Well-Being//

Looking Outward

How a Mixed Up Appointment Changed The Mental Mindset of One Patient

Not all changes made by surgeons occur in the operating room. In fact, one of my most meaningful impacts as a surgeon came as a result of happenstance during one office visit.

Ten years ago, a man and his wife came to see me by accident. They were referred to see a pediatric neurologist but their insurance sent them to see me, a pediatric neurosurgeon, instead. They came to discuss working up their children for a rare neurodegenerative disorder because Dad had just been diagnosed with the disease.

This disease would slowly alter his personality, motor function, and memory. Eventually, it would lead to his death. Because this disease is an autosomal dominant (genetic) disease, it can be passed on to the children of those affected. It also means that the children can have genetic testing to determine if they will get the disease.

I did not realize the mistaken referral until about half way through the visit. Once we all realized that I couldn’t help them with their question, for some reason we decided to continue talking. His wife told me how hard their lives had become since the diagnosis. He wasn’t showing any symptoms or neurological issues yet, but had become severely depressed. He couldn’t engage with his family and was constantly sad.

He admitted to being depressed – not because he was sick and would die – but because each of his two children had a 50% chance of having this merciless disease. He wouldn’t be able to help them (or himself) and neither could the medical profession (there is no treatment for this condition). But his wife wanted her family back, for as long as it was possible, especially because her children could feel the change.

What does a neurosurgeon have to say? My dad died of ALS only a few years earlier, so there was much to discuss, but very little of it was medical. We spoke for about an hour and while I can’t remember most of the conversation, I do remember the thought that went through my mind which I verbalized to them and specifically to him.

His children will eventually find out if they have the disease and there is nothing he can do about it. But he is raising them and they are paying attention to their father. His behavior will matter to them. I asked him what legacy he wanted to leave for his sons because if they have the disease, they will remember how their father dealt with it and try to emulate him. He would want to teach them not to allow this disease to take any more of their lives (through depression) than it would be by the inevitable neurological deterioration. It would be his final gift to his kids.

If, mercifully, it turned out they didn’t have the disease, his strength and stability would enrich their lives. Future problems would never destabilize them emotionally because their father was graceful in the face of a terminal illness.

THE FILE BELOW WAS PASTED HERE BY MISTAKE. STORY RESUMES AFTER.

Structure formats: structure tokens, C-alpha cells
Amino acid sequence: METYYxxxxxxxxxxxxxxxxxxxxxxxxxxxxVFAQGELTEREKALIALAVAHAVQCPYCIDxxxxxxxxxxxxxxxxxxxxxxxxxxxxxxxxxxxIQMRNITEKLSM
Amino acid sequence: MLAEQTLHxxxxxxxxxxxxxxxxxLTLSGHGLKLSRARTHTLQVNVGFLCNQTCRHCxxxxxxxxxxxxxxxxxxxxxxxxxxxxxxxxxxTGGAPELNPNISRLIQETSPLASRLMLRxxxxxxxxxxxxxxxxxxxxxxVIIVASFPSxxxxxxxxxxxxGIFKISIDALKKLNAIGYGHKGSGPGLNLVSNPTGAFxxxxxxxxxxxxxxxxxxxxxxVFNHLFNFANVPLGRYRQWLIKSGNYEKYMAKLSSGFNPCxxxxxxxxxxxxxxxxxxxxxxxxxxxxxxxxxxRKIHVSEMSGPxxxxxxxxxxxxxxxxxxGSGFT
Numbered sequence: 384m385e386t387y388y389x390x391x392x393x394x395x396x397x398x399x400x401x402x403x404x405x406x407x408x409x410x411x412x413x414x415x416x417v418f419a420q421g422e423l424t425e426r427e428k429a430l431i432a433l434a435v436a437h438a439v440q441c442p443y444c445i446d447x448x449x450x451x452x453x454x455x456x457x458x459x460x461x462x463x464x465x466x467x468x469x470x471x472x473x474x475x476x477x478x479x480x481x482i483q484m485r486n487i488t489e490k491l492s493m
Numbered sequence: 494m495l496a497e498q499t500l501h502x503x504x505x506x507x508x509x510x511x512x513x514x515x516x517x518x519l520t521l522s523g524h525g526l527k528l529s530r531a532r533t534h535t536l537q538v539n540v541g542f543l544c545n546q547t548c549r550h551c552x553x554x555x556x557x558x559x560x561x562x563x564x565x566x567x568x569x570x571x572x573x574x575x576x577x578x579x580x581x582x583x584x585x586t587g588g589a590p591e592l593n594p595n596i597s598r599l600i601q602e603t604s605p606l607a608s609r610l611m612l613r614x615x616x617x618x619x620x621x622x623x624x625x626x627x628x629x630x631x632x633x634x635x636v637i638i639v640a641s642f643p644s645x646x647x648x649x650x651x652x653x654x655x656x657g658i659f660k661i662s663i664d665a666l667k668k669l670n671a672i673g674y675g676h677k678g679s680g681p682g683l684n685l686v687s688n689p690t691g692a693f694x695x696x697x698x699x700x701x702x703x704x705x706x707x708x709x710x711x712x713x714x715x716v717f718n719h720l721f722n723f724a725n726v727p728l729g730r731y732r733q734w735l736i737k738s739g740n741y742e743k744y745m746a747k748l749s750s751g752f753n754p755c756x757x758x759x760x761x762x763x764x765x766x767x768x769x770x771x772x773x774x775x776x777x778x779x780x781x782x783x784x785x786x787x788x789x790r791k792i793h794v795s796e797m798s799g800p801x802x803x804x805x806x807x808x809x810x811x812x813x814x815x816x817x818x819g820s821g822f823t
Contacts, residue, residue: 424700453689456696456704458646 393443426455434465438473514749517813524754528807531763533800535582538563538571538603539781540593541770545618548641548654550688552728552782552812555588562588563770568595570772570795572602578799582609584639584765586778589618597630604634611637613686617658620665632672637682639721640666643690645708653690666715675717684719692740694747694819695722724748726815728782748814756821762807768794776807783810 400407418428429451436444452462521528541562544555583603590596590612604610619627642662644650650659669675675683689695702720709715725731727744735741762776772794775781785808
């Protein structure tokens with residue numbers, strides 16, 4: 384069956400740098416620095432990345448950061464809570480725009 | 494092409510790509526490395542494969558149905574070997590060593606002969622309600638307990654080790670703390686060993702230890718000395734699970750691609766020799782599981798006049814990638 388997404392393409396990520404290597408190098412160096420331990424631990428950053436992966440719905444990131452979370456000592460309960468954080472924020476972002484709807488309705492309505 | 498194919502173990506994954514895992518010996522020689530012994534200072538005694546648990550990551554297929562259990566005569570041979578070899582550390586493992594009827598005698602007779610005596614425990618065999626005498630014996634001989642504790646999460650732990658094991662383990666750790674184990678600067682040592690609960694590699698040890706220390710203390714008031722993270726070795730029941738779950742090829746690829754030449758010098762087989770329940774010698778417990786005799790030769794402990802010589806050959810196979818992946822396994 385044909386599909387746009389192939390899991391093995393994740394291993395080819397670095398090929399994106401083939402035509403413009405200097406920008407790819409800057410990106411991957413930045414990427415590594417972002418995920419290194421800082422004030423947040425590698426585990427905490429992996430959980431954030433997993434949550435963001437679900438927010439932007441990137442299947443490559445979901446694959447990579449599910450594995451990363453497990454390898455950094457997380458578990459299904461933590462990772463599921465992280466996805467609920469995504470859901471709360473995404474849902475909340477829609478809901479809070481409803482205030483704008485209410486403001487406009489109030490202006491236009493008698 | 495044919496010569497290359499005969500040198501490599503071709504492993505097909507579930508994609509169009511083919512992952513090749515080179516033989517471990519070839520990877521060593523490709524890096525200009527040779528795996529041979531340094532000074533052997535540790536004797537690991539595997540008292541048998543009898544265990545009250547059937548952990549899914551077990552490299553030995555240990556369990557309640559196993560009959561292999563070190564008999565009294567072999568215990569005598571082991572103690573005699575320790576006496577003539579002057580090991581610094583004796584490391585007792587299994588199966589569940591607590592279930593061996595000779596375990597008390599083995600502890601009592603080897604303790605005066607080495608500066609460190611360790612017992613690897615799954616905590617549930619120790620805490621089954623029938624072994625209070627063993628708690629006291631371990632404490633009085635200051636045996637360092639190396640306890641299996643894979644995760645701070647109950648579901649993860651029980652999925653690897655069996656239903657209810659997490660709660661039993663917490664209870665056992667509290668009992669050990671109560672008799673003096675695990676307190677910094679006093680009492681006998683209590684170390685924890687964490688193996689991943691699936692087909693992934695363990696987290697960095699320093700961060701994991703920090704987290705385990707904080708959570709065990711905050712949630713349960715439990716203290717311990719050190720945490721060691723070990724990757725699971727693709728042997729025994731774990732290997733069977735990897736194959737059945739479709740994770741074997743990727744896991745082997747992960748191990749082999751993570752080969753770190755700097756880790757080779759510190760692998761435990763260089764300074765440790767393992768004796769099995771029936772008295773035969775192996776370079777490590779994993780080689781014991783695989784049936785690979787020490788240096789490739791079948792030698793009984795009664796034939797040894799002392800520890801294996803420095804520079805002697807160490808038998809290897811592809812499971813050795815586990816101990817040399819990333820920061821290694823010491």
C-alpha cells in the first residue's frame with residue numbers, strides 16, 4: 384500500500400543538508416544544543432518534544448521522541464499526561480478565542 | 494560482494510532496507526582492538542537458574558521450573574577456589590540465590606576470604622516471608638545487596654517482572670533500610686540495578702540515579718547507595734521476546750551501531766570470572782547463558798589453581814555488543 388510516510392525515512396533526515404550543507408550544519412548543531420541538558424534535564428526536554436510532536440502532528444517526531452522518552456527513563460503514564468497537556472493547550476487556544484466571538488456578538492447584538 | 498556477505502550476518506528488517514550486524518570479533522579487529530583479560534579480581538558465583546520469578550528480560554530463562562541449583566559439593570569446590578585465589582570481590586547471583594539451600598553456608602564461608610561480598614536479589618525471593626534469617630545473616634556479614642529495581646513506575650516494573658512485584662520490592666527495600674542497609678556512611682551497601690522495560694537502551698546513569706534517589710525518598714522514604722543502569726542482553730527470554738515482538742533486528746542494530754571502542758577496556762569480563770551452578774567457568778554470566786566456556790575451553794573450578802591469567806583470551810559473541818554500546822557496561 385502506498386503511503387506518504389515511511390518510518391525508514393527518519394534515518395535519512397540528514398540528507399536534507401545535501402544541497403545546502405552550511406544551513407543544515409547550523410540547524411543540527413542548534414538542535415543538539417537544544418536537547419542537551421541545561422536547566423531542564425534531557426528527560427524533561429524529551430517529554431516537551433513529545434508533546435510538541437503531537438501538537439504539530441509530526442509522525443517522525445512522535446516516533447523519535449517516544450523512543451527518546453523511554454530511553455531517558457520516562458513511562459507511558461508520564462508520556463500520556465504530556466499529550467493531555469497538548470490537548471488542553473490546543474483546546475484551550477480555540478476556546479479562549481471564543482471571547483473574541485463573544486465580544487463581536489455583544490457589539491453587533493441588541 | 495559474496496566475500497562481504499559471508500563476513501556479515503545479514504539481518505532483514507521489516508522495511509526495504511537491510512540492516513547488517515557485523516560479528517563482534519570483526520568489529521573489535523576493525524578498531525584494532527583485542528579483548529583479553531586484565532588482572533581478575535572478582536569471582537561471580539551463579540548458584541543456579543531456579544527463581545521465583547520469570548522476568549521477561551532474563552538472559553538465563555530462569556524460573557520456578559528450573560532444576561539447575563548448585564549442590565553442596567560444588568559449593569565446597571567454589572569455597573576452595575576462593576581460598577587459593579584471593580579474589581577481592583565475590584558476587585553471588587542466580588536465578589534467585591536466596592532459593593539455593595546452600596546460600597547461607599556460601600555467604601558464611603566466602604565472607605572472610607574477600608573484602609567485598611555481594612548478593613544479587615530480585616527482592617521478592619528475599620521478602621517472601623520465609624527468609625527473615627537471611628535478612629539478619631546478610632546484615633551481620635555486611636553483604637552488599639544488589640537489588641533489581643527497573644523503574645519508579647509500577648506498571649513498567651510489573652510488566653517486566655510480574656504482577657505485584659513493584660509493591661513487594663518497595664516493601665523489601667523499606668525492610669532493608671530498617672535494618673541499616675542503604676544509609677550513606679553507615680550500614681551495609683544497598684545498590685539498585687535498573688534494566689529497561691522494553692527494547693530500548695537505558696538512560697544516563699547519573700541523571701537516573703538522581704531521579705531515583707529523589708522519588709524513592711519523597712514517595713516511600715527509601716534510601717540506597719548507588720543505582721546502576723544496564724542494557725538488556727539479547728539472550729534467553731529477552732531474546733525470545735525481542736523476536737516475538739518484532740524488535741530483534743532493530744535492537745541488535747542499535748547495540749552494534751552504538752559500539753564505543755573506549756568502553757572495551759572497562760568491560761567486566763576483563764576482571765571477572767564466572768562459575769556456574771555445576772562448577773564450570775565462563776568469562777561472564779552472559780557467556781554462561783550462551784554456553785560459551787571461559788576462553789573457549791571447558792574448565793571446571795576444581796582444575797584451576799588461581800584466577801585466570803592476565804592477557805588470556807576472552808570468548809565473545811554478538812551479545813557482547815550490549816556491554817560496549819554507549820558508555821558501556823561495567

Eventually I wished them well and we said goodbye. I never heard from them again. At least not directly.

A few years later, my wife, who is a dermatologist, came home and told me a patient came to her office. This patient was the wife from many years earlier who eventually realized her dermatologist was married to me! During the visit, she told my wife about her husband’s neurodegenerative disease and how we had met that one time many years ago. She recounted how her husband changed after our conversation, by improving his attitude and by extension, their lives. He had become more engaged, present and wanted his children to see him as a noble warrior against his disease. He still had this terminal disease but he refused to stop living. He was still alive and began living with passion. She attributed it to our conversation and thanked my wife.

His change from a withdrawn patient to a noble warrior was not because of a few words uttered by a mistaken neurosurgeon. He found this strength because he focused on something greater than himself to fight for: his family. He would become something better because his children needed it. We should all look outward for the perspective that will make us the best versions of ourselves. Not surprisingly, it will also make us the happier version of ourselves. 

Share your comments below. Please read our commenting guidelines before posting. If you have a concern about a comment, report it here.

You might also like...

Community//

Social Impact Heroes: Why Dr. William Novick travels across the world to save children with congenital heart defects

by Yitzi Weiner
Community//

Social Impact Heroes: How Emily Rogath Steckler is raising awareness and funds to treat and cure Infantile Neuroaxonal Dystrophy (INAD)

by Yitzi Weiner
Photo: SImon Rae
Community//

Are you embarrassed of your special needs child?

by Linde Thomas

Sign up for the Thrive Global newsletter

Will be used in accordance with our privacy policy.

Thrive Global
People look for retreats for themselves, in the country, by the coast, or in the hills . . . There is nowhere that a person can find a more peaceful and trouble-free retreat than in his own mind. . . . So constantly give yourself this retreat, and renew yourself.

- MARCUS AURELIUS

We use cookies on our site to give you the best experience possible. By continuing to browse the site, you agree to this use. For more information on how we use cookies, see our Privacy Policy.